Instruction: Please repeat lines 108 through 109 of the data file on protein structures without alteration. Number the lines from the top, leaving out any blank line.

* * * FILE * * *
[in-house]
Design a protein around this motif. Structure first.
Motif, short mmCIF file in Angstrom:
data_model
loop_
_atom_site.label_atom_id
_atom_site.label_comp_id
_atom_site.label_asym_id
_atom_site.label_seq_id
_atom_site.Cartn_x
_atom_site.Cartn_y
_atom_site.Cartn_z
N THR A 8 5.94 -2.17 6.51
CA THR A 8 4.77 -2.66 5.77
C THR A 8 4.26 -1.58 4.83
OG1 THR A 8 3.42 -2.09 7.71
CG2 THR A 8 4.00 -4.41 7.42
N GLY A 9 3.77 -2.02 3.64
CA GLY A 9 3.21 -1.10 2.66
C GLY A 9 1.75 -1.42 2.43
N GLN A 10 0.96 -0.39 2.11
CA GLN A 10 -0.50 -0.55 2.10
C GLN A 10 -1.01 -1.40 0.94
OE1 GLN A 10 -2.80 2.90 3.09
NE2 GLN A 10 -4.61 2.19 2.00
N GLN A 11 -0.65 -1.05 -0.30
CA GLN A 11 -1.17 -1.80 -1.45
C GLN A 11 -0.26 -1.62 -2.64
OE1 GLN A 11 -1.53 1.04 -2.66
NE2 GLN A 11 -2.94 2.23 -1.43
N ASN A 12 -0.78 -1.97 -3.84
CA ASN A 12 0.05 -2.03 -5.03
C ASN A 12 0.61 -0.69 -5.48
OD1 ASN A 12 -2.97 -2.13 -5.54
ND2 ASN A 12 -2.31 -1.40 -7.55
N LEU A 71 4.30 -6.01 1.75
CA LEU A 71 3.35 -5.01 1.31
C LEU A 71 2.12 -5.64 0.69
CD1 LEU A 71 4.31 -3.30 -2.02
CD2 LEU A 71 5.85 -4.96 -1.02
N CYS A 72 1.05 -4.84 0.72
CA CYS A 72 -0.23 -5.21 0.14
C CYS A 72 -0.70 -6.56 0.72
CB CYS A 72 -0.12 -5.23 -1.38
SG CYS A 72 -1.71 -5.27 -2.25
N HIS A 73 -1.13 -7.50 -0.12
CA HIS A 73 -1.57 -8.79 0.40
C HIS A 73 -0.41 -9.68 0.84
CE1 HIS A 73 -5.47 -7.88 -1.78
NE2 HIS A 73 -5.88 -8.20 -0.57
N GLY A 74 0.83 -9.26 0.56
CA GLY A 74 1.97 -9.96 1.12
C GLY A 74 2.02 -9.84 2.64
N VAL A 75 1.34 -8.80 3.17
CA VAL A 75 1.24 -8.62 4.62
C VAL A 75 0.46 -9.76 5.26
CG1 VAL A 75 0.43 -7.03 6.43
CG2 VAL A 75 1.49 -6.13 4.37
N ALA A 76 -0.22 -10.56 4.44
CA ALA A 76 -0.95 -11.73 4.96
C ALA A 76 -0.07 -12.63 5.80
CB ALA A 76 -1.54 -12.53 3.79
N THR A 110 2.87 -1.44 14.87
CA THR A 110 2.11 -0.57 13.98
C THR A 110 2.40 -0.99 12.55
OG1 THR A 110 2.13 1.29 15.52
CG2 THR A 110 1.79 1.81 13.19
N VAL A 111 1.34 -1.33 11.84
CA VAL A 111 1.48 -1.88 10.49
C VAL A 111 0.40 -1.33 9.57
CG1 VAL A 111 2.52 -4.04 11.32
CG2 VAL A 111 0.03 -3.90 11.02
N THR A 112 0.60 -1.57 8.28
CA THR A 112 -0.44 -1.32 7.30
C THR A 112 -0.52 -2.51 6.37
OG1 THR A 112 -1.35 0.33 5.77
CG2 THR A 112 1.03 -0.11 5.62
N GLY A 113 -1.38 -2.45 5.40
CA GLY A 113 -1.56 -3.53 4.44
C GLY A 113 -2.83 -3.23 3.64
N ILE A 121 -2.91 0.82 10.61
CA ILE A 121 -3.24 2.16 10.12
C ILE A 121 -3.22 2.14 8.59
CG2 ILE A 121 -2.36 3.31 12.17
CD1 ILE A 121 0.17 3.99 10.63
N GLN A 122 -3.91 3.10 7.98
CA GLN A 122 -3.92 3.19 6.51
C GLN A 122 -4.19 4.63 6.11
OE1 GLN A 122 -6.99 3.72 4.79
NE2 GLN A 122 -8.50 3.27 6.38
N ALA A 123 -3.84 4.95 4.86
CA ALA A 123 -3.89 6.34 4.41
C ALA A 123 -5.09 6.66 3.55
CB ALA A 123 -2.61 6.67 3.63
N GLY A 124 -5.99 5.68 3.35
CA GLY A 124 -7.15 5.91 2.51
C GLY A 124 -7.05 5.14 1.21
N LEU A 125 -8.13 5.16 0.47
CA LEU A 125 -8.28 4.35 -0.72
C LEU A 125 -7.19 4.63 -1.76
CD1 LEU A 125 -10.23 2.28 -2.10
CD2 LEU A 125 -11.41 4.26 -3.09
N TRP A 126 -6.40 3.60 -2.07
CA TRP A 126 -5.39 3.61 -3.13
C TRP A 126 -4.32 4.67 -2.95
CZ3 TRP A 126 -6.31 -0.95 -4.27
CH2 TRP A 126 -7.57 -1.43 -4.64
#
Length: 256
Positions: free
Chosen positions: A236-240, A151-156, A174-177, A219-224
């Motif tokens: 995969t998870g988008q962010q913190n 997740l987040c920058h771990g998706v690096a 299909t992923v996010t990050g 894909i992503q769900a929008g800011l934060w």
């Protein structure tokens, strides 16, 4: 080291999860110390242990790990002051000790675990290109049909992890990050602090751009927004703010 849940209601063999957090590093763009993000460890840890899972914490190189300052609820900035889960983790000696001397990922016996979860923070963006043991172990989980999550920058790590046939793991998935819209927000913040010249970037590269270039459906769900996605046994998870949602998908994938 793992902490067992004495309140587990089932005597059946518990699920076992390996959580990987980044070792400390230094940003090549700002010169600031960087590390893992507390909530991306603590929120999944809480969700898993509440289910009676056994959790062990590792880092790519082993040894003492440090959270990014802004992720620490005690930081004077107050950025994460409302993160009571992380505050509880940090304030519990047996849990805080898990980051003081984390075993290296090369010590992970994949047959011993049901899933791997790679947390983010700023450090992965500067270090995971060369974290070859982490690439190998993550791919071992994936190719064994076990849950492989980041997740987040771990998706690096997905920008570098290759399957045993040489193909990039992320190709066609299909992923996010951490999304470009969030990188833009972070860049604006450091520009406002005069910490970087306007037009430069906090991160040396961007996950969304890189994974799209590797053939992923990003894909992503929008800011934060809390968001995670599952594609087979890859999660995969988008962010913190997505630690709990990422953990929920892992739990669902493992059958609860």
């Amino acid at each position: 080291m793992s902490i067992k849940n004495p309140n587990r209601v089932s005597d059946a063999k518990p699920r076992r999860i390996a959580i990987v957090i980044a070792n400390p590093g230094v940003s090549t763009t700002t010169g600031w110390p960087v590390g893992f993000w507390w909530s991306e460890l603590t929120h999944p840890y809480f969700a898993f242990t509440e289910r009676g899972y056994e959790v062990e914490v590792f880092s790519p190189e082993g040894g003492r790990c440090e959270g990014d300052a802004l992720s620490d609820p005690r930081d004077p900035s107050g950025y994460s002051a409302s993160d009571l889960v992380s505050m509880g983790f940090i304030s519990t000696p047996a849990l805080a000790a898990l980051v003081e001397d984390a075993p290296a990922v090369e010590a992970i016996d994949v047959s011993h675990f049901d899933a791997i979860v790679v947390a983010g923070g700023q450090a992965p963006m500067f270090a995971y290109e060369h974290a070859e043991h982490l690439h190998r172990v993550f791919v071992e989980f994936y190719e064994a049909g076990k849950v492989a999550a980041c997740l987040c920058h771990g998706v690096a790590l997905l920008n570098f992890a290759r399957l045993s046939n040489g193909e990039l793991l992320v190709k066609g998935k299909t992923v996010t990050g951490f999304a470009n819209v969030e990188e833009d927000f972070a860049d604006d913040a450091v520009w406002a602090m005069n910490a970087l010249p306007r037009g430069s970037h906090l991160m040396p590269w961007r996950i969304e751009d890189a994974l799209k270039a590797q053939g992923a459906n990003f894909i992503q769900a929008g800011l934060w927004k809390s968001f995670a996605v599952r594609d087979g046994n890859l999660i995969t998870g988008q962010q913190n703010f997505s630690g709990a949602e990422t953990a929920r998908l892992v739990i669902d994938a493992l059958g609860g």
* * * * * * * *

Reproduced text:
#
Length: 256